Big, ugly blooms of cyanobacteria form on Lake Erie when excess nutrients — mostly phosphorus — run off from farms and sewage treatment plants. A kind of cyanobacteria called Microcystis produces a toxin that can hurt pets and make the water unsafe to drink.
That happened in Toledo in 2014, when the city had to shut down its drinking water supply.
The National Oceanic and Atmospheric Administration tries to predict what’s going to happen with the blooms on Lake Erie each year.
Rick Stumpf is an oceanographer with NOAA.
"At this point, we're still in what we call the early season projection, where we use a combination of the data we have for the spring to date for the phosphorus loads coming out of the Maumee River, combined with what the flow might be over the next six weeks or so," he says.
Stumpf says they'll have a final prediction by July 7. He says the good news, at this point: they're predicting this year's bloom will be smaller than last year and 2014.
NOAA ranks cyanobacteria blooms on a severity index.
"On a severity index right now, we're looking at somewhere between about a two and six -- 2014 was close to seven and last year was over 10... which of course was a terrible bloom."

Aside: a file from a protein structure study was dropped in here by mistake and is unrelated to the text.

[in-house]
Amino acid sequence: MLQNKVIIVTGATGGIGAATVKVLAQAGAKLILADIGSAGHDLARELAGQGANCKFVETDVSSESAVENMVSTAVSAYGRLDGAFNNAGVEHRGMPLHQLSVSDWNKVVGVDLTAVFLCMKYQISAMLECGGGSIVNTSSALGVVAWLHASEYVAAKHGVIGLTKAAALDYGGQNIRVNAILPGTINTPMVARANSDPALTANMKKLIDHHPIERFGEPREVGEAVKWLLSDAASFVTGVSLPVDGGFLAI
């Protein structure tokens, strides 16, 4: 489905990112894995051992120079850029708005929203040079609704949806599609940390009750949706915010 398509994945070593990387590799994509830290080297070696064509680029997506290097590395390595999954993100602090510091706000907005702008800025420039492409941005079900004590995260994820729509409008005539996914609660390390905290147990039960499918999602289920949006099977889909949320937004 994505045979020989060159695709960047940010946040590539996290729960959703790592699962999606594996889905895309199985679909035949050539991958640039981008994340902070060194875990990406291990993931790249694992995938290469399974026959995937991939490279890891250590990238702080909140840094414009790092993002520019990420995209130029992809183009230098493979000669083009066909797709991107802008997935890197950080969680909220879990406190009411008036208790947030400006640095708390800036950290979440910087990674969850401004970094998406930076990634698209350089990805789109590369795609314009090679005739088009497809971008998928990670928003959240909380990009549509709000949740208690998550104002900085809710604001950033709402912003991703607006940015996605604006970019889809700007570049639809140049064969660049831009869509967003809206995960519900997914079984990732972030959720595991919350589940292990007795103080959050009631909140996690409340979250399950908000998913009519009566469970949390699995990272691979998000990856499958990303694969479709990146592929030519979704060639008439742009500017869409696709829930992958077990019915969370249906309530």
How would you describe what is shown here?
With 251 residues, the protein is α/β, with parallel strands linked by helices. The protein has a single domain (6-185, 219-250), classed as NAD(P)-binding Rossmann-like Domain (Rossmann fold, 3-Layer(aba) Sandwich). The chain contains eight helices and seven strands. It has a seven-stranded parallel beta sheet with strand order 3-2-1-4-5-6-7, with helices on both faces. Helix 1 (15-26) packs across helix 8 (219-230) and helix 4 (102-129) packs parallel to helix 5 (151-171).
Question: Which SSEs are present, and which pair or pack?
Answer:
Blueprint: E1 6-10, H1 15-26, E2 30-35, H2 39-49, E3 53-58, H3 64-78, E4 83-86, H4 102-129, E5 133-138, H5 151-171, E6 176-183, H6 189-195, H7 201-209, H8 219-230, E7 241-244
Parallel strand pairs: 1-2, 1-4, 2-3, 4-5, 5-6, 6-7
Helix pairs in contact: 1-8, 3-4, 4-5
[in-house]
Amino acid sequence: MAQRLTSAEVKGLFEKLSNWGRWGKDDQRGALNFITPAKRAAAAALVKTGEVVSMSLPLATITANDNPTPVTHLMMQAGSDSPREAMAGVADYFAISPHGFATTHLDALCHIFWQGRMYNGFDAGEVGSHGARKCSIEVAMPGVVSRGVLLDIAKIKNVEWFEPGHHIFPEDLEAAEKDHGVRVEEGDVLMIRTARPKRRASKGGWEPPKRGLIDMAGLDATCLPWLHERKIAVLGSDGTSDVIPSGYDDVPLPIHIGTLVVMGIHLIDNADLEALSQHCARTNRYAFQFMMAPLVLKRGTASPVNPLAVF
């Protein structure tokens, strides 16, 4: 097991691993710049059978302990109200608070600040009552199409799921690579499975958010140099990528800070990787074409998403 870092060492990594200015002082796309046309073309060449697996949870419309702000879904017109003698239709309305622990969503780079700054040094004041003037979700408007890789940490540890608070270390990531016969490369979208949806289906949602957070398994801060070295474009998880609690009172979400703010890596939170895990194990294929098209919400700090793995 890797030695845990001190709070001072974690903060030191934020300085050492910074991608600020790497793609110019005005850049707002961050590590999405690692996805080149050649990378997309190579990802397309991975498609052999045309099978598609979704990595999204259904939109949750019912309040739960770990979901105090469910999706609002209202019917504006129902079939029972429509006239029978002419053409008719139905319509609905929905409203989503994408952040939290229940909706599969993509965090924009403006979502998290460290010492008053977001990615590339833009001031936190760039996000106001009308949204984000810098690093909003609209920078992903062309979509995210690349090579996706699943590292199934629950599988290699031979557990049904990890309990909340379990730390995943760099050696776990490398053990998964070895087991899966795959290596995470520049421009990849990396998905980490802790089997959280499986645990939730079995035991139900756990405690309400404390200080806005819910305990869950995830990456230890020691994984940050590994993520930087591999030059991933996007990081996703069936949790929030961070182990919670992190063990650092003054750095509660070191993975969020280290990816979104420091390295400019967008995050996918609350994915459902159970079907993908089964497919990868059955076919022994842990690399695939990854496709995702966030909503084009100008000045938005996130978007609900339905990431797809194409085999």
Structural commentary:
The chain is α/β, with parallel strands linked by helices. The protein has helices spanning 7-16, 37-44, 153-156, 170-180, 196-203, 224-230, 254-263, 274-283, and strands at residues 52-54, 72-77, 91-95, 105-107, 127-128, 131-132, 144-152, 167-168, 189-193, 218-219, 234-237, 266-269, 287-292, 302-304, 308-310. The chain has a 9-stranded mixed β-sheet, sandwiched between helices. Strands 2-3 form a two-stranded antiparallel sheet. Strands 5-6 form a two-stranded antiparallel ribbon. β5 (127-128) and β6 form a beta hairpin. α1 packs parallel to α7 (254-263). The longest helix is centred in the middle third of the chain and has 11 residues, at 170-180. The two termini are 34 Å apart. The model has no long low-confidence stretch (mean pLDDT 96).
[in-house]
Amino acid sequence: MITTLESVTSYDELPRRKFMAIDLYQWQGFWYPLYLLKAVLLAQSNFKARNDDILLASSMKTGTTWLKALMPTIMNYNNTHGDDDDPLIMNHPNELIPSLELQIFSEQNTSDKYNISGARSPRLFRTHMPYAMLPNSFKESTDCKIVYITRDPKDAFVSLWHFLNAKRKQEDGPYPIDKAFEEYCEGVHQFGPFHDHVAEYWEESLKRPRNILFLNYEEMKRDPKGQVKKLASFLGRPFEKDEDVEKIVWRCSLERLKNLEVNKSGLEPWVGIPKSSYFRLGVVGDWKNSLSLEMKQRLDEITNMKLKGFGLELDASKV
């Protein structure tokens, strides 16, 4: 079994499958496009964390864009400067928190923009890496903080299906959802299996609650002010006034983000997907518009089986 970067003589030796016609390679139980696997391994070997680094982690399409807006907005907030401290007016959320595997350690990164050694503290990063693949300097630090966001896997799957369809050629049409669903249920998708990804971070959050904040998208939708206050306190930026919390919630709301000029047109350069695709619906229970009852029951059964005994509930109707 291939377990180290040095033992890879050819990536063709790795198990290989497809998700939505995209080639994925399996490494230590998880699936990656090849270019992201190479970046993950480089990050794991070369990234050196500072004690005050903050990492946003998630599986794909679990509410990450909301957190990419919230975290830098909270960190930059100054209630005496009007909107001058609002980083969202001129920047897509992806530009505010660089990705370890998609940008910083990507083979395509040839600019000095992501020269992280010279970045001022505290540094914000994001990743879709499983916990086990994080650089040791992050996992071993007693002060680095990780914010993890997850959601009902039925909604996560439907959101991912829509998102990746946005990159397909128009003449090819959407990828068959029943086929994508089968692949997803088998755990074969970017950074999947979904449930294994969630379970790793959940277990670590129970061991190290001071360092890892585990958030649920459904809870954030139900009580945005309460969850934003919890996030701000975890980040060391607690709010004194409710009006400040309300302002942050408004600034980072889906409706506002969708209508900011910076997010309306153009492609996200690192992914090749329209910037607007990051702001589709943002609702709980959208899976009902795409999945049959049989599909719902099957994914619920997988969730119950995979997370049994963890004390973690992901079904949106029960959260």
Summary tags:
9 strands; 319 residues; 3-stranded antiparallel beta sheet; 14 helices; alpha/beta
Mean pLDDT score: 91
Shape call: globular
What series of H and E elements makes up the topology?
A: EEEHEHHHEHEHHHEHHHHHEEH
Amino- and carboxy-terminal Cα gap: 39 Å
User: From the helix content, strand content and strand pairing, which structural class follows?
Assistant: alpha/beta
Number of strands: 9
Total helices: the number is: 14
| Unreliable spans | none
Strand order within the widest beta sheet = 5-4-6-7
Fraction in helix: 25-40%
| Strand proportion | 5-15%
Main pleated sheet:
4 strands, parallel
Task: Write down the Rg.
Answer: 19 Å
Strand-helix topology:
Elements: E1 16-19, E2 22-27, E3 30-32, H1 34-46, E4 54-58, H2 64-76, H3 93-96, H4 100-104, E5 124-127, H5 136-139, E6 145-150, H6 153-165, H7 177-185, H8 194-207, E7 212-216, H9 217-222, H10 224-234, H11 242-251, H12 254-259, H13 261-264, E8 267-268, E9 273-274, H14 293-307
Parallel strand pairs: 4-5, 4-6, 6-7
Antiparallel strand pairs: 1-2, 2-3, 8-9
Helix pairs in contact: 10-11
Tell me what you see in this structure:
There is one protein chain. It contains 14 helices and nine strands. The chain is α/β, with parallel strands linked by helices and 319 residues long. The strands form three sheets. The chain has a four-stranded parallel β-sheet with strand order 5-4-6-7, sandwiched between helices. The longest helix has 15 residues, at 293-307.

He says they focus their predictions on the bloom that forms in western Lake Erie, which is dominated by Microcystis. He says there are other kinds of cyanobacteria that produce toxins in the lake, but Microcystis is the most common.
Last year, Ohio, Michigan and Ontario signed an agreement to cut phosphorus into Lake Erie by 40% by the year 2025.
"This year is the first chance we really have to look at the data, so until we get through this year, we're not going to be able to see how much the changes are," he says.
Stumpf says there are some significant monitoring programs going on in the basin, which should give a better idea of whether we're making any progress on shrinking the toxic bloom problem.